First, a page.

By Leigha Hougland
for the Salisbury Post
As a musician who’s only 20, Dylan Gilbert has earned a level of respect that is unusual for someone his age.
“I love to think that people are really enjoying what I am doing,” says Gilbert, describing the feeling of having his name well known across the region.
Gilbert will be playing at Escape the Daily Grind Saturday.
He was raised in a musical family, and as a result began writing and performing his own music at an early age. The Charlotte-based musician has toured the southeast heavily in the past two years and says that the experience has allowed his love for music to grow. His live performances range from upbeat solo shows, to performances that include a full band.
“Being alive is pretty inspiring,” says Gilbert, when asked where he finds inspiration. “That is cheese isn’t it?” he asks, laughing.
Gilbert’s passion is evident through his emotional performances. With pieces ranging from upbeat songs that express love and excitement, to slow ballads that reflect fears and worries, Gilbert’s music expresses a wide range of emotions that audiences of all ages can relate to.
Devoted to his fans, Gilbert makes it a point after each show to speak to as many people as he can. He will stay at a venue for a couple of hours if that’s what it takes to make sure he has met everyone.
When I first met Gilbert, his charisma was what I noticed. He shook my hand with confidence then proceeded to look me in the eye and thank me for coming to hear his music.
Gilbert has already released a couple of EPs and two full length albums. His most recent is “The Quiet Life.”
Gilbert began writing his latest album right after releasing his second album “The Artist and the Scientist.” He wrote close to 100 songs before he was able to narrow them down to a reasonable number of 14.
After beginning the recording process in March 2007, Gilbert knew that there was still a lot of work ahead of him.
Over the summer 2007 he continued to write giving him even more choices for his next CD. Gilbert then decided to go back to the recording studio and replace some of his previously recorded songs with new ones.
By December 2007 he was finished recording and mastering the album, and could now consider the release date.
“The Quiet Life”, was finally released on Feb. 12 of this year. Now Gilbert can put his focus back on his tour, through the southeast and give himself more time to breathe.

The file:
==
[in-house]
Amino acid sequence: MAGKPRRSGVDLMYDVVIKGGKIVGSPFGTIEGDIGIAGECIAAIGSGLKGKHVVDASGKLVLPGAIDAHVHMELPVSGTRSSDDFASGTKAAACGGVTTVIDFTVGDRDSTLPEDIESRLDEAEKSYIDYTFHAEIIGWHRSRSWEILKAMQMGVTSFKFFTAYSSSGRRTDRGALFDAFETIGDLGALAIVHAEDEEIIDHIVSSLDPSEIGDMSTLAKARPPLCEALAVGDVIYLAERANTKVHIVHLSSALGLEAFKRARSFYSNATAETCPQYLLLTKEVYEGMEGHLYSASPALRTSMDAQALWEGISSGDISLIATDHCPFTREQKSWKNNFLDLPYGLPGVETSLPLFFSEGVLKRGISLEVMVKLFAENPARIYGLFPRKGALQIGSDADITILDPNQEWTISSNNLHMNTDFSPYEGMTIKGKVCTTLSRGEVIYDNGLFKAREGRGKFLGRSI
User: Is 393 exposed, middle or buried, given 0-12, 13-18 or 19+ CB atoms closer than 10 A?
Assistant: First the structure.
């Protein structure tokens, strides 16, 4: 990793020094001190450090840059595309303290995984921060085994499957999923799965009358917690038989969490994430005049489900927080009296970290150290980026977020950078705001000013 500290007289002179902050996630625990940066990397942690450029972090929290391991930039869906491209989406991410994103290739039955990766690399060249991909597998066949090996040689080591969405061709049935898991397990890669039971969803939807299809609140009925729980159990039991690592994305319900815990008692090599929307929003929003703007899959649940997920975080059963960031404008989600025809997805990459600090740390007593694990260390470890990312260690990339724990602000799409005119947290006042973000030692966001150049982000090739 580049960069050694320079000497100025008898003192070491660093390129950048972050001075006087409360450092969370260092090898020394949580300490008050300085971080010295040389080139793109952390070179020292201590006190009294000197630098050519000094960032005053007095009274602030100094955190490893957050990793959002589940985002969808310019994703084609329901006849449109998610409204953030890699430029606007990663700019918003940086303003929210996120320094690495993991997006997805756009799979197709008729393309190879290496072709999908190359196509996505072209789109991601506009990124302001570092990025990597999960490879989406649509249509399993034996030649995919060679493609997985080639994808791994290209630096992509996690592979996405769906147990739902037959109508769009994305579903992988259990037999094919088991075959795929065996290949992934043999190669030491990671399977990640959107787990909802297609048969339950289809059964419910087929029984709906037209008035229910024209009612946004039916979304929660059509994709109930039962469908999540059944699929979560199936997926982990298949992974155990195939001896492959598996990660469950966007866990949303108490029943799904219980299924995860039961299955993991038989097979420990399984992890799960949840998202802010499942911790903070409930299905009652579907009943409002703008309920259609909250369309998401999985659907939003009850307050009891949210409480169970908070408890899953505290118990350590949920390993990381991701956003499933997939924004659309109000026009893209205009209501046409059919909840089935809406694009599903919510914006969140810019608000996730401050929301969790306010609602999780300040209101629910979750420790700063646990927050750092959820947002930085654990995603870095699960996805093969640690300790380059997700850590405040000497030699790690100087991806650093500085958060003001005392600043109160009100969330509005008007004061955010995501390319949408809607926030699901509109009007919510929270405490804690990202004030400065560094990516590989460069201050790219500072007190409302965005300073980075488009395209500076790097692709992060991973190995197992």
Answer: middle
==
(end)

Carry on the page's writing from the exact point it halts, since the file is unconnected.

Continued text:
The second you pop the CD into the stereo you are struck with Gilbert’s maturity. While the songs still contain Gilbert’s unique style, the way the music is executed shows Gilbert’s growth as an artist.
The album begins with the title track, ‘The Quiet Life.” With this song Gilbert added a jazzy feel to his album by incorporating a saxophone to the musical ensemble. This sense of jazz gives an extra kick to the song.
While the melody and instrumental parts of the song create a mood of joy and excitement, the lyrics offer something to the contrary. This song is about the fear of becoming tired and not having a chance to relax. The contradiction between the music and lyrics requires the listener to pay close attention in order to grasp the true meaning.
Like his last album, his new album also contains many songs that speak of love. In the new album however, love isn’t described as all sunshine and rainbows.
This is especially evident in track four, “If You Leave Me.” The song not only features beautiful piano and guitar melodies, it also presents the heart-wrenching realities of losing love, with lyrics like: “If you leave me, you don’t have to say you’re sorry, or come back my way, I’ll be fine. I’ll catch a comet and make my descent into a black hole.”
While some songs speak to the pain of love and the fear of not having time, others speak to the incomparable joys of life.
One such song is, “Before my Egg Hatches” ó which is about the excitement that comes with being alive: “Think of all the future lovers, and all the smiling faces, all the planes and freeways of all the foreign places. How the sunlight feels when it falls upon my skin. All the tales that I can tell when I finish here.”
Offering both beautiful music and lyrics, anyone who appreciates music could enjoy listening to what I consider to be Gilbert’s masterpiece. The album allows everyone the opportunity to return to the quiet life, even if it is just for the time that it’s playing.
Leigha Hougland, a senior at Salisbury High School, is an intern for the Post
By Leigha Hougland